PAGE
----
What’s cookin’, HOMEGROWNers? It’s peak growing season and these days local food is being celebrated across the map! From food co-ops, to farmers’ markets, restaurants to home kitchens, folks are foraging for their favorite seasonal goodies and whipping up homegrown recipes that embody the freshness of the summer. In Massachusetts, June brings a cornucopia of beets, cabbage, cauliflower, cucumbers, lettuce, peas, peppers, radishes, scallions, spinach, strawberries and kale.  And, we’ve got blueberries, corn, summer squash, melons, peaches, raspberries, and tomatoes coming down the pike!  These foods provide a veritable feast of good eating for summer picnics, and many can be preserved for annual enjoyment and nourishment.  Paired with proteins and grains, this produce provides a base for a delicious and wholesome homegrown meal.


(Photo Credit: Cornelia)

Cooking with local foods and attempting to “eat your zip code,” not only promotes sustainable living, growing and eating, but it provides a real opportunity to flex those creative culinary muscles.  While I may not be the next Food Network star, I am learning to avoid the far-traveled supermarket fare and choose fresh, local food straight from the source.  Since my neighborhood farmers’ market has opened, I have experimented with pickled daikon, baked kale “chips”, sautéed beet greens with garlic over chicken, roasted beet and chevre salads, and my fair share of sauerkrauts and coleslaws.


(Photo Credit: Cornelia)

By committing to eating locally, I am recycling old standby recipes, learning more about combining flavors and textures, and creatively reconstituting and stretching my meals into leftovers until the next market run. Inspired by Kerry’s successful attempt to stretch one organic chicken into 22 meals for $49 bucks, I have kept my wallet and my eating healthy, and my recipes unique with each home-cooked meal.

Lots of my inspiration and knowledge has come from you – the members who have mastered the arts of living homegrown, and the newbies who are sharing their experiences as they commit to the HOMEGROWN lifestyle.  I find myself utilizing our search box when I buy an unfamiliar ingredient, or when I am at my wits end with the pests in the garden.  You folks come through with helpful tips and tricks, recipes and resources that run the gamut of homegrown living.  Groups like Hunting, Gathering, Foraging, Food Preservation, Urban Gardeners, and Favorite Farmers’ Markets provide a community of like-minded individuals to bounce ideas off of; discussions such as “Urban Food Co-ops” and “Farmers’ Markets Are Open!” keep the conversation flowing; blogs like “Is There a Crisis in Home Cooking?” and “Farmhouse Scramble” explore and celebrate good eating and local living; and our growing photo and video collections illustrate the importance of CSAs, farmers’ markets, and backyard agriculture.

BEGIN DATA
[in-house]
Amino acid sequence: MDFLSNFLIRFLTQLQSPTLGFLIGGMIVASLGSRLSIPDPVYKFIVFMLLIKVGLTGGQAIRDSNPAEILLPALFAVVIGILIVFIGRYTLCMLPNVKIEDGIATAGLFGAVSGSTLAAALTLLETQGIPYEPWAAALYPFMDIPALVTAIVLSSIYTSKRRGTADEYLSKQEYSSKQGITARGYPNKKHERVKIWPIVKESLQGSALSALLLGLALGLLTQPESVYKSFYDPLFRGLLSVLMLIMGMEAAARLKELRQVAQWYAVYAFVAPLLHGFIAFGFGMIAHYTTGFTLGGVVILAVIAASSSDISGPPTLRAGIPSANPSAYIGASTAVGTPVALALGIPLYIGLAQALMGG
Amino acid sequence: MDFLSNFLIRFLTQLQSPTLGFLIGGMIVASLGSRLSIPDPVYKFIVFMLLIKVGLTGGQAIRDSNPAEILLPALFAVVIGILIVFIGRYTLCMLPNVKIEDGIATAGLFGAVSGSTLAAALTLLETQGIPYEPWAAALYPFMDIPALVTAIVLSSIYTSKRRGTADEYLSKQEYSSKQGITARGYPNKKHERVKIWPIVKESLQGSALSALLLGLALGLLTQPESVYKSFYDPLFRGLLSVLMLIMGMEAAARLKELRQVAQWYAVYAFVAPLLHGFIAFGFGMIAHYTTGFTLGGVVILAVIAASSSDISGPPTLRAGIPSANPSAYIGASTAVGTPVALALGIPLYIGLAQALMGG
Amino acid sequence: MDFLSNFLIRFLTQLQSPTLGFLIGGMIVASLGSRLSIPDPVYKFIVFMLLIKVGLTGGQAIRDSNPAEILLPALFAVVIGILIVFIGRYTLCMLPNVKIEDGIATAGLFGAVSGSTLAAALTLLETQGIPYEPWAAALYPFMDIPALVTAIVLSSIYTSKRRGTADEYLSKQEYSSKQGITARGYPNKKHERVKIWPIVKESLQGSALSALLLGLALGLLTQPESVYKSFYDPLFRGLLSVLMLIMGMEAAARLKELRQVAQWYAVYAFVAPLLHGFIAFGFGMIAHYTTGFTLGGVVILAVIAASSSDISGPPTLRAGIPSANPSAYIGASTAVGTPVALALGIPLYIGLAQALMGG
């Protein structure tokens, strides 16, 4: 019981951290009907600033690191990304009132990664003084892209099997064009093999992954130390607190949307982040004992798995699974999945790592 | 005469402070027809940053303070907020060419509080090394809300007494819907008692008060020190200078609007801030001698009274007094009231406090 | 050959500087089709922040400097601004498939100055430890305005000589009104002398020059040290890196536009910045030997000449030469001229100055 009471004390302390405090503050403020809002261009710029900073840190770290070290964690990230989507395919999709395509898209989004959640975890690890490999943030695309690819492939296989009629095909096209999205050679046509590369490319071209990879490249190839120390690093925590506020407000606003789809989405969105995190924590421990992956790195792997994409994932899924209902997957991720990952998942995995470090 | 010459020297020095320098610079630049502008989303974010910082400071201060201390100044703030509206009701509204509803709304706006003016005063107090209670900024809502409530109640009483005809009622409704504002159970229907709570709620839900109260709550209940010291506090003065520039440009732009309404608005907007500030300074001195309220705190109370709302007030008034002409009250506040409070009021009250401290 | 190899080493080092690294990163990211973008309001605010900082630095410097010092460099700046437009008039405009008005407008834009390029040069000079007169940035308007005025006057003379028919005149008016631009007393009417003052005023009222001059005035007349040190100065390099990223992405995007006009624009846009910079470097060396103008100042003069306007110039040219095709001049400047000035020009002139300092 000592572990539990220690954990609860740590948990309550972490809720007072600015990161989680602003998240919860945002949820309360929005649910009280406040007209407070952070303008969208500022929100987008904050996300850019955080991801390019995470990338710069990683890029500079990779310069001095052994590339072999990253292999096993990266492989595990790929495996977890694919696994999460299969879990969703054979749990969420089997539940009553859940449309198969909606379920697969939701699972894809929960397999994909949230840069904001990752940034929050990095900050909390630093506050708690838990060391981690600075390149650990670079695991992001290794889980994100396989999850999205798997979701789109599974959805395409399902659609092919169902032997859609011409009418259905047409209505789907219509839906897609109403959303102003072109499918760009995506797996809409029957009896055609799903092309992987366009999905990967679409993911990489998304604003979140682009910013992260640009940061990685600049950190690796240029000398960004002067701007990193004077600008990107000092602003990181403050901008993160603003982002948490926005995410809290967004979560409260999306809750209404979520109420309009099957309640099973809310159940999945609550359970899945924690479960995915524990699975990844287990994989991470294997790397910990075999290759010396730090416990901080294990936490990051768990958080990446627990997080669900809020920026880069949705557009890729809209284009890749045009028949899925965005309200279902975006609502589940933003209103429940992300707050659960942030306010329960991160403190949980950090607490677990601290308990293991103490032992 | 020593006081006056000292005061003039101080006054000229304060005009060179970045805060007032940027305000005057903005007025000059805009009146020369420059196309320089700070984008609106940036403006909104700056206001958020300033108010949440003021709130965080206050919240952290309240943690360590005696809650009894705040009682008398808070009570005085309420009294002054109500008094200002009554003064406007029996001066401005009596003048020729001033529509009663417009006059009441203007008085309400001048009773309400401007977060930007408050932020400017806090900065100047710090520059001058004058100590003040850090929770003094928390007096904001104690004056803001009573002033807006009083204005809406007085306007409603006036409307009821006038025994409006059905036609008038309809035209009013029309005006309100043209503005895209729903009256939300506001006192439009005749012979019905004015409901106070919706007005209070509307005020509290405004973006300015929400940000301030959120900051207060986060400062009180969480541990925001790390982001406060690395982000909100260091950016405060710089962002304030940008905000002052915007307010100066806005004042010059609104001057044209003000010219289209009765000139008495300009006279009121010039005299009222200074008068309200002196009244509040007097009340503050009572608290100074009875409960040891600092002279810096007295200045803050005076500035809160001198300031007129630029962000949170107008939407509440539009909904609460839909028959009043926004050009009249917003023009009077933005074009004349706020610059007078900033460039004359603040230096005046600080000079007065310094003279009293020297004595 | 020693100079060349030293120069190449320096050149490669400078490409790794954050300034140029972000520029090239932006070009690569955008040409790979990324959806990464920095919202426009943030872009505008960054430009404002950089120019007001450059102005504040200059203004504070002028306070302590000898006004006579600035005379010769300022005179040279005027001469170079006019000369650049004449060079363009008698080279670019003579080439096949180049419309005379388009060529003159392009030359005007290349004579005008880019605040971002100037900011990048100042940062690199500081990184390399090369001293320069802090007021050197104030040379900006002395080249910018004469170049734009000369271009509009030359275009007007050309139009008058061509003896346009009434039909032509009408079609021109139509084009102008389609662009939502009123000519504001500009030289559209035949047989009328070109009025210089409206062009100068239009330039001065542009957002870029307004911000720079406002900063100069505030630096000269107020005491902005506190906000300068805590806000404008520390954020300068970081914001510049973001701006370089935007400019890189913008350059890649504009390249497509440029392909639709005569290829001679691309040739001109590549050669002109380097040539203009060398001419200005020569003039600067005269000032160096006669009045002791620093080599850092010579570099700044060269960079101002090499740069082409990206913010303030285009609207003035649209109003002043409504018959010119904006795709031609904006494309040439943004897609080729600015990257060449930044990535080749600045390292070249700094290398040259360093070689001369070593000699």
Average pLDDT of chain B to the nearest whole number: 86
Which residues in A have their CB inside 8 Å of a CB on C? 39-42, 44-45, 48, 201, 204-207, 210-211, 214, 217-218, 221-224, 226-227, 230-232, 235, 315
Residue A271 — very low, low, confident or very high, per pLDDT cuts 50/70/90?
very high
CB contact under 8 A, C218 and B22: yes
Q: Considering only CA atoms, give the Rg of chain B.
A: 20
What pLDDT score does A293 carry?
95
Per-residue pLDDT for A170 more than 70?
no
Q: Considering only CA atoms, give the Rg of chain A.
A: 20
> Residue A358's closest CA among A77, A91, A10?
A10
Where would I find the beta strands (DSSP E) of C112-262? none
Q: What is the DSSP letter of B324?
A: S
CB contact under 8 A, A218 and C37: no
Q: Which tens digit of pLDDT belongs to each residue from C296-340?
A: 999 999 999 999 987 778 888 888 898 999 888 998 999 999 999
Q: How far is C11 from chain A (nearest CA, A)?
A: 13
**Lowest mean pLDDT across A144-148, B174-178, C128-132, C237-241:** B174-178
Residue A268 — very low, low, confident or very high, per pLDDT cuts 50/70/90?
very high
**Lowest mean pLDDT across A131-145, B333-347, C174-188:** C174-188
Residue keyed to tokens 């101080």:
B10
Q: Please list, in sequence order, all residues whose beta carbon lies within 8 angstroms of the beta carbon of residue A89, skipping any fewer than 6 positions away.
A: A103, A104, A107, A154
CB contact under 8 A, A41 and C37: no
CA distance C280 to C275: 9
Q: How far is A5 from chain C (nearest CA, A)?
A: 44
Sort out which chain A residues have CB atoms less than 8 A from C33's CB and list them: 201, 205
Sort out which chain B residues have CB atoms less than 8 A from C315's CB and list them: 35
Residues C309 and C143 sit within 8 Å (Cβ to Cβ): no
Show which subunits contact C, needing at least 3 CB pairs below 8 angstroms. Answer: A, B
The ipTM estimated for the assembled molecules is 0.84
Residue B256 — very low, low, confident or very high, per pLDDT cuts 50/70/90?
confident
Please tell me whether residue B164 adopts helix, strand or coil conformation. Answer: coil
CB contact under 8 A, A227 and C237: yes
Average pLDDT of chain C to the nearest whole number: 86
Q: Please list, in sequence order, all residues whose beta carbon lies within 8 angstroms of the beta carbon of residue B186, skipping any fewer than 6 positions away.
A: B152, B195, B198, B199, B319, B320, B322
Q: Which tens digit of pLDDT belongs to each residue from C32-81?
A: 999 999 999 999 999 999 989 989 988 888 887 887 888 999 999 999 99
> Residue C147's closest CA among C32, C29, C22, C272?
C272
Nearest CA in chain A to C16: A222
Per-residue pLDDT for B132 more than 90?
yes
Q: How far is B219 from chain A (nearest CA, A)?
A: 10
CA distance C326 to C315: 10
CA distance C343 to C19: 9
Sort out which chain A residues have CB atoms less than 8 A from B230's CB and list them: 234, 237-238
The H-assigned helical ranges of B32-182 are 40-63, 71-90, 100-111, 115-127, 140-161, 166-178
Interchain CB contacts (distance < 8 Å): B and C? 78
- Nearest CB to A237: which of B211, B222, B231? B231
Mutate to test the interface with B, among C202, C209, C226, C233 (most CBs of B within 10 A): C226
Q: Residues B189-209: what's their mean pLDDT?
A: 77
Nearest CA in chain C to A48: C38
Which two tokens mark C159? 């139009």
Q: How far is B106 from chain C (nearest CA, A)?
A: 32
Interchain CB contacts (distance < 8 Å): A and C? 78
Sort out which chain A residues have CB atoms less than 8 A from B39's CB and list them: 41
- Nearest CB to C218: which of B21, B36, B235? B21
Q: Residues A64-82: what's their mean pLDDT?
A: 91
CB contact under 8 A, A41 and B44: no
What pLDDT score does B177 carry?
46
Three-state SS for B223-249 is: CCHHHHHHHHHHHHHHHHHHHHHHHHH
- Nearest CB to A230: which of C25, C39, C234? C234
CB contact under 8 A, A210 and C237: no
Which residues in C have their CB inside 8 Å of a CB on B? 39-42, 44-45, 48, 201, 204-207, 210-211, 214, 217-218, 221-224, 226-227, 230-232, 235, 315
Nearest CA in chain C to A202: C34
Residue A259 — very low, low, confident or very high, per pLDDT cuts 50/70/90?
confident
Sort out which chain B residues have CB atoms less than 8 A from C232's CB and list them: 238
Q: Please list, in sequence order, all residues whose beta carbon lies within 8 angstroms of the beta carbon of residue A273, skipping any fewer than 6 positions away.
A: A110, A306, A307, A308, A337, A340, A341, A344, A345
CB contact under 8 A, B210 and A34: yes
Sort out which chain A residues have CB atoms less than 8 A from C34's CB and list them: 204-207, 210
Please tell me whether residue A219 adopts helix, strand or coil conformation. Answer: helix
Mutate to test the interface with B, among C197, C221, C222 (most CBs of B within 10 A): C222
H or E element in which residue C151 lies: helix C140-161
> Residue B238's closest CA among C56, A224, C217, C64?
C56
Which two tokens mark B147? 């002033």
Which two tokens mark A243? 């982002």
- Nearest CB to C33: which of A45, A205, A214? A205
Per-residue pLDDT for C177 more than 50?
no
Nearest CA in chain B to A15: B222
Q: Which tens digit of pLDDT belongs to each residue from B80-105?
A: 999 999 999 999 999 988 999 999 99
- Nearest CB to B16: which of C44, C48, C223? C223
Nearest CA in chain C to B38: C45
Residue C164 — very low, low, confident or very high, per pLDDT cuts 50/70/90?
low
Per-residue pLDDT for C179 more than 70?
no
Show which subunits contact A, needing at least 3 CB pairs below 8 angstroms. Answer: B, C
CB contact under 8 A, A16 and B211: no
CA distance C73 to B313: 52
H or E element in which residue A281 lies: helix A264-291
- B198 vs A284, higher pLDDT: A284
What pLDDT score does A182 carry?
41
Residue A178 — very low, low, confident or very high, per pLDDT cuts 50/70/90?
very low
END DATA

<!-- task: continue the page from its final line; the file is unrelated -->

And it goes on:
(Photo Credit: Ross P)

So in the spirit of the season, we have a little competition brewing!  Last year we hosted a CSA Cook-off.  As a result of this challenge, we now have a library of beautiful photos and lots of delicious recipes to sift through when we need a little dinner inspiration.  This year, we want to give the cook-off a little twist:

  1. At least 50% of your ingredients must come from all or any of the following sources: A CSA share, Farmers Market or your garden (of that of a friend/neighbor).
  2. Post your recipe (each week or however often you like) as a member blog for all to enjoy. Bonus points for naming the farm, photos or video in your recipe.
  3. A weekly prize will be awarded for the best overall recipe, judged on the basis of ingredients, creativity, and presentation. The prizes include: a HG T-shirt, a mix CD curated by our HOMEGROWN Shepherdess and Flock-Tender, the honorable title of HOMEGROWN Chef-herd / Chef-herdess, and immortality in the end-of season HOMEGROWN Cook-off Cookbook.